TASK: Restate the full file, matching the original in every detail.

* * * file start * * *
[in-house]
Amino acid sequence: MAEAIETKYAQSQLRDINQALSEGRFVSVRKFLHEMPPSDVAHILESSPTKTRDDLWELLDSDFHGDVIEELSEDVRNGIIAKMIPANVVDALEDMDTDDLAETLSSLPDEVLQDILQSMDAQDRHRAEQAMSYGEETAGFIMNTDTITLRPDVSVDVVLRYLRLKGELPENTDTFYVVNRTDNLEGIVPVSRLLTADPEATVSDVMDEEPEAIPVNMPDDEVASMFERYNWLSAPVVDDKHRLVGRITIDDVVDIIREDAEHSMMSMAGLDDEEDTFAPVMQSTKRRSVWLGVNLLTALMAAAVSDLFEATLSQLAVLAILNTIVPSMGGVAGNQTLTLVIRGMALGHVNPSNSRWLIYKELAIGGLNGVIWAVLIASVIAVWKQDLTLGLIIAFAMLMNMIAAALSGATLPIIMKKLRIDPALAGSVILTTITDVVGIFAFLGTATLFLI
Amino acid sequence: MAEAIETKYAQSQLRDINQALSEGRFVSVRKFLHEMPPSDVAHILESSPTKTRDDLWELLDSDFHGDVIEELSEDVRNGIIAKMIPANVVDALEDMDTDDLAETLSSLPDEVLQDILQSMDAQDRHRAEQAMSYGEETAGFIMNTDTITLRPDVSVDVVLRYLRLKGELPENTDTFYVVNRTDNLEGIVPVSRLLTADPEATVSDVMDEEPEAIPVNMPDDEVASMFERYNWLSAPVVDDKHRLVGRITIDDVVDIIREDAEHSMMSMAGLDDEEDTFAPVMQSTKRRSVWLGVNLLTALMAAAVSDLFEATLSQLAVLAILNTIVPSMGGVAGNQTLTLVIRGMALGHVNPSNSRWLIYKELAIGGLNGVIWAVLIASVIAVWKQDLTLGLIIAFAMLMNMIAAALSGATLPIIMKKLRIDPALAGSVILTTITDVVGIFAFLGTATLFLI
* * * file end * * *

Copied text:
[in-house]
Amino acid sequence: MAEAIETKYAQSQLRDINQALSEGRFVSVRKFLHEMPPSDVAHILESSPTKTRDDLWELLDSDFHGDVIEELSEDVRNGIIAKMIPANVVDALEDMDTDDLAETLSSLPDEVLQDILQSMDAQDRHRAEQAMSYGEETAGFIMNTDTITLRPDVSVDVVLRYLRLKGELPENTDTFYVVNRTDNLEGIVPVSRLLTADPEATVSDVMDEEPEAIPVNMPDDEVASMFERYNWLSAPVVDDKHRLVGRITIDDVVDIIREDAEHSMMSMAGLDDEEDTFAPVMQSTKRRSVWLGVNLLTALMAAAVSDLFEATLSQLAVLAILNTIVPSMGGVAGNQTLTLVIRGMALGHVNPSNSRWLIYKELAIGGLNGVIWAVLIASVIAVWKQDLTLGLIIAFAMLMNMIAAALSGATLPIIMKKLRIDPALAGSVILTTITDVVGIFAFLGTATLFLI
Amino acid sequence: MAEAIETKYAQSQLRDINQALSEGRFVSVRKFLHEMPPSDVAHILESSPTKTRDDLWELLDSDFHGDVIEELSEDVRNGIIAKMIPANVVDALEDMDTDDLAETLSSLPDEVLQDILQSMDAQDRHRAEQAMSYGEETAGFIMNTDTITLRPDVSVDVVLRYLRLKGELPENTDTFYVVNRTDNLEGIVPVSRLLTADPEATVSDVMDEEPEAIPVNMPDDEVASMFERYNWLSAPVVDDKHRLVGRITIDDVVDIIREDAEHSMMSMAGLDDEEDTFAPVMQSTKRRSVWLGVNLLTALMAAAVSDLFEATLSQLAVLAILNTIVPSMGGVAGNQTLTLVIRGMALGHVNPSNSRWLIYKELAIGGLNGVIWAVLIASVIAVWKQDLTLGLIIAFAMLMNMIAAALSGATLPIIMKKLRIDPALAGSVILTTITDVVGIFAFLGTATLFLI